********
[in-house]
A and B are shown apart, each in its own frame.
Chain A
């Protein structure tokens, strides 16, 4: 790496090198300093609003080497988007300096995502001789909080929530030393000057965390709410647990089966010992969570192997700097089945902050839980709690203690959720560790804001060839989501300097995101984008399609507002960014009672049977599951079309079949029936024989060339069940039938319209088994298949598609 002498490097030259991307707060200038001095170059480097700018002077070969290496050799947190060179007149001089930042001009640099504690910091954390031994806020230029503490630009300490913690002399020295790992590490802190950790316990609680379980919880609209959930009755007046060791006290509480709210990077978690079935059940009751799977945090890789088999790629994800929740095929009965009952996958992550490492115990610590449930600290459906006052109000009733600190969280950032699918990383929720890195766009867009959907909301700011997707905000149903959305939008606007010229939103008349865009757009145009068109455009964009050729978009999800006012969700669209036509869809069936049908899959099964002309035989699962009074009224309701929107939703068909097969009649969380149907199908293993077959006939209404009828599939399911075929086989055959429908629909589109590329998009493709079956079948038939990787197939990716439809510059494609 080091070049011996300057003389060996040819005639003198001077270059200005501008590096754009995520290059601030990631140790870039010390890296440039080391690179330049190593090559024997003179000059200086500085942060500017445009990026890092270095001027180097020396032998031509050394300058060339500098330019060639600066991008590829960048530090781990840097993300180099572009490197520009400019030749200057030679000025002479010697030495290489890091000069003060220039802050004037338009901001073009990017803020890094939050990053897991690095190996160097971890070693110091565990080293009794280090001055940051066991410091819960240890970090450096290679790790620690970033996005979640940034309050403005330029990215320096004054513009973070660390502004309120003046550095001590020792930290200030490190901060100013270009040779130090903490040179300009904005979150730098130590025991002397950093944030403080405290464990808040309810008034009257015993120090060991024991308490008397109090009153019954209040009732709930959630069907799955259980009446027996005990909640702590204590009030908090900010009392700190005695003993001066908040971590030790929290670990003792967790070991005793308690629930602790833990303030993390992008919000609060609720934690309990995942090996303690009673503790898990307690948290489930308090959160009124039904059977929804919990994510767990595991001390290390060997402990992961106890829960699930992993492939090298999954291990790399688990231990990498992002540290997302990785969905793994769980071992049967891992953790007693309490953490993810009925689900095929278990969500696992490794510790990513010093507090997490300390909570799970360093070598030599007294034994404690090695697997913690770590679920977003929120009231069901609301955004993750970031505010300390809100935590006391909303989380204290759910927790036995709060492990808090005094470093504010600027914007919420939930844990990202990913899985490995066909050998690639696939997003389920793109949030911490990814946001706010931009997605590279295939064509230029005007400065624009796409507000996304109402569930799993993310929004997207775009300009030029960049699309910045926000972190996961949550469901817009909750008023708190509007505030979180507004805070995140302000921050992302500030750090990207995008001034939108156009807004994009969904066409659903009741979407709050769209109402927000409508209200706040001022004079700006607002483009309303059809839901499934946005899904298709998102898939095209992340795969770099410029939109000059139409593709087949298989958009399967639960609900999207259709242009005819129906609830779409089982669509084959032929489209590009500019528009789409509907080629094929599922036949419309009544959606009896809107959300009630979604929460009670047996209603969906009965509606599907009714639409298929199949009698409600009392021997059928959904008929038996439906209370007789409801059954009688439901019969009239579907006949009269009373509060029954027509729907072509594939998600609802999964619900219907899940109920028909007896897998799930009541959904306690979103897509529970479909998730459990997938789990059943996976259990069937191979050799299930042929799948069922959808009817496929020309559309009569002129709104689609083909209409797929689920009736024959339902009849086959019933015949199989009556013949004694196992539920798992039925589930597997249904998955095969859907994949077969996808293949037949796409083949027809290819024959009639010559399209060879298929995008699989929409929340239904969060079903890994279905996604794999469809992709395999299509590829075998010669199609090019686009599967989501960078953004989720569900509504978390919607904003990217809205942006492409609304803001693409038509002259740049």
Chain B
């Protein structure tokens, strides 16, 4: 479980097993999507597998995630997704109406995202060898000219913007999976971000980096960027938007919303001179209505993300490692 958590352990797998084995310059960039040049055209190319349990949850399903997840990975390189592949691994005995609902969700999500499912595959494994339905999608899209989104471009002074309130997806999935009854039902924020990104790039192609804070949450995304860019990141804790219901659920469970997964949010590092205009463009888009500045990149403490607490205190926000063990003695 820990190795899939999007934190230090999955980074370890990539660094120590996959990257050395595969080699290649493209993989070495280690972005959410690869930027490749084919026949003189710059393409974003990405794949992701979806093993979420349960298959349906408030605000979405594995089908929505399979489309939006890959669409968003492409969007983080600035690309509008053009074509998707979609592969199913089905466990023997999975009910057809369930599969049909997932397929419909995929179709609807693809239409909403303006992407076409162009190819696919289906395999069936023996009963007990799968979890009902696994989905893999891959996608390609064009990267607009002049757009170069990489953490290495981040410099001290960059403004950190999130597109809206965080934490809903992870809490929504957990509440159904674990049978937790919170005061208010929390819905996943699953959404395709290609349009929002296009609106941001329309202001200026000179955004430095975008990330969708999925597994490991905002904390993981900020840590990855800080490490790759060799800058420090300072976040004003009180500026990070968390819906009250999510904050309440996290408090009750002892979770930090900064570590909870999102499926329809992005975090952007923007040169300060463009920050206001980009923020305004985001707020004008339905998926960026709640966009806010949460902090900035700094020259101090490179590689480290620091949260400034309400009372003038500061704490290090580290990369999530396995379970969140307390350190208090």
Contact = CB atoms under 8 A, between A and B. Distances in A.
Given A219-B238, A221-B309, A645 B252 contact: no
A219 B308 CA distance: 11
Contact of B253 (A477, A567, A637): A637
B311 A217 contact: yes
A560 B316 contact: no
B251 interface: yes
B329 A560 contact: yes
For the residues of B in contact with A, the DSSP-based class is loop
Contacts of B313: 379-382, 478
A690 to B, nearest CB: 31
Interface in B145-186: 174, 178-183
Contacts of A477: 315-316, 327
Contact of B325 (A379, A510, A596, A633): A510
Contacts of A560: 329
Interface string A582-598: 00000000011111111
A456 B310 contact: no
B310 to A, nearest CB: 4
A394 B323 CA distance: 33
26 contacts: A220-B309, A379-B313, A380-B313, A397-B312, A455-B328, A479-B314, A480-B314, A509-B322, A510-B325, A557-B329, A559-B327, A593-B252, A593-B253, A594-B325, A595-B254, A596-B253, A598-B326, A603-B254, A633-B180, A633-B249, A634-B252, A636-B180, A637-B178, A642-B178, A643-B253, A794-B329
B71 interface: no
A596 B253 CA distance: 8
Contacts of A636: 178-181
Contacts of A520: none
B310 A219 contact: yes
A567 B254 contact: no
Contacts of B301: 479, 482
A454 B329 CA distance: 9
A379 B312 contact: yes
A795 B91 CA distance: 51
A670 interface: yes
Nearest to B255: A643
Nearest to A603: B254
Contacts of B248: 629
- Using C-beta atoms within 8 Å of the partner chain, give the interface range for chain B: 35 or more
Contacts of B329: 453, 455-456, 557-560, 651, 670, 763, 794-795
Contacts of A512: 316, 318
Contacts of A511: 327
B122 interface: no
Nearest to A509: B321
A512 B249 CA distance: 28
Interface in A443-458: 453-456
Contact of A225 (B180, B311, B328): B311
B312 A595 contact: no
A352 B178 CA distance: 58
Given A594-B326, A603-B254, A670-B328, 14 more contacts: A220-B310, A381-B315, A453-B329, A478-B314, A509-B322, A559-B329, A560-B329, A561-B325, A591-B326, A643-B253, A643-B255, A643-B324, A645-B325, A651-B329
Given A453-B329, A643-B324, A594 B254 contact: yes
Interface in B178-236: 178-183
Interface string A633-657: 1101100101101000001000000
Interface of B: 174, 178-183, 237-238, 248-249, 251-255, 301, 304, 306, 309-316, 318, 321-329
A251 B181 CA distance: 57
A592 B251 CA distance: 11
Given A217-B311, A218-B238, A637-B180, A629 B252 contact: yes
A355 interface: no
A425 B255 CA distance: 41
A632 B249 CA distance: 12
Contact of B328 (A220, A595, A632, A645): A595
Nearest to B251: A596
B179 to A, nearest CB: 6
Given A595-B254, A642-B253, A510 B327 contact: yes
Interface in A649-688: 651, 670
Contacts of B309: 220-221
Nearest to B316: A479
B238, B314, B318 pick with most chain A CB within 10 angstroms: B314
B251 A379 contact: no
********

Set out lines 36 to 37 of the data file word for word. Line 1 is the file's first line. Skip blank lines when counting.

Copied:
A795 B91 CA distance: 51
A670 interface: yes